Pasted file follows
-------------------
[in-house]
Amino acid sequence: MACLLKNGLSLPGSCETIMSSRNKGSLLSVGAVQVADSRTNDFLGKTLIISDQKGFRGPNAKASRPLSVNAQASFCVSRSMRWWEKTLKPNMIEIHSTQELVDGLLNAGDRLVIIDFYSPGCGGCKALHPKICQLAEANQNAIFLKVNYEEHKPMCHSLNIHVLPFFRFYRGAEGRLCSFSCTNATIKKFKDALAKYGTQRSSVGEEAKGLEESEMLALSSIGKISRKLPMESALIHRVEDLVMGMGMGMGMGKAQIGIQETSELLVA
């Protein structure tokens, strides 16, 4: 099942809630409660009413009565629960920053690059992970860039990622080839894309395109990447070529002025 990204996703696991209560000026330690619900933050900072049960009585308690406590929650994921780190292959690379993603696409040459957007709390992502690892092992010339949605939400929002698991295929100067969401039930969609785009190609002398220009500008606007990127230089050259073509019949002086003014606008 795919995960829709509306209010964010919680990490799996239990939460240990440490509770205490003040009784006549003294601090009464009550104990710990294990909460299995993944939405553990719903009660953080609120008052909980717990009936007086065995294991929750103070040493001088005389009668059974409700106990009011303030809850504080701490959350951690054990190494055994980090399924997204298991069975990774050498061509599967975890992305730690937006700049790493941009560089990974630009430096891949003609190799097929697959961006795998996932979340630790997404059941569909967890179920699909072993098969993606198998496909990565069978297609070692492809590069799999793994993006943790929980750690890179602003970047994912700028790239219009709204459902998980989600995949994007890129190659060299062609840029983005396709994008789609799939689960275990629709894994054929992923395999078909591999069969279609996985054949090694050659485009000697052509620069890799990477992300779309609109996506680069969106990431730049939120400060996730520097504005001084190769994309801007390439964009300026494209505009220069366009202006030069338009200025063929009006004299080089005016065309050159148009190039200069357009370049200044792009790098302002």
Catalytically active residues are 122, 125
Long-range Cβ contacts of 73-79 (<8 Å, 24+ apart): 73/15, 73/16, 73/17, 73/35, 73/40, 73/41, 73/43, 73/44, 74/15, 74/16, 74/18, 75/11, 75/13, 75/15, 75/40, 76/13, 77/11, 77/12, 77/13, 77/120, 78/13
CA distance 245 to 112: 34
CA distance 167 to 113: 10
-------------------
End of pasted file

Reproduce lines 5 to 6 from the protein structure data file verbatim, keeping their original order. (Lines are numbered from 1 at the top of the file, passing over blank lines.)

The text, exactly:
Long-range Cβ contacts of 73-79 (<8 Å, 24+ apart): 73/15, 73/16, 73/17, 73/35, 73/40, 73/41, 73/43, 73/44, 74/15, 74/16, 74/18, 75/11, 75/13, 75/15, 75/40, 76/13, 77/11, 77/12, 77/13, 77/120, 78/13
CA distance 245 to 112: 34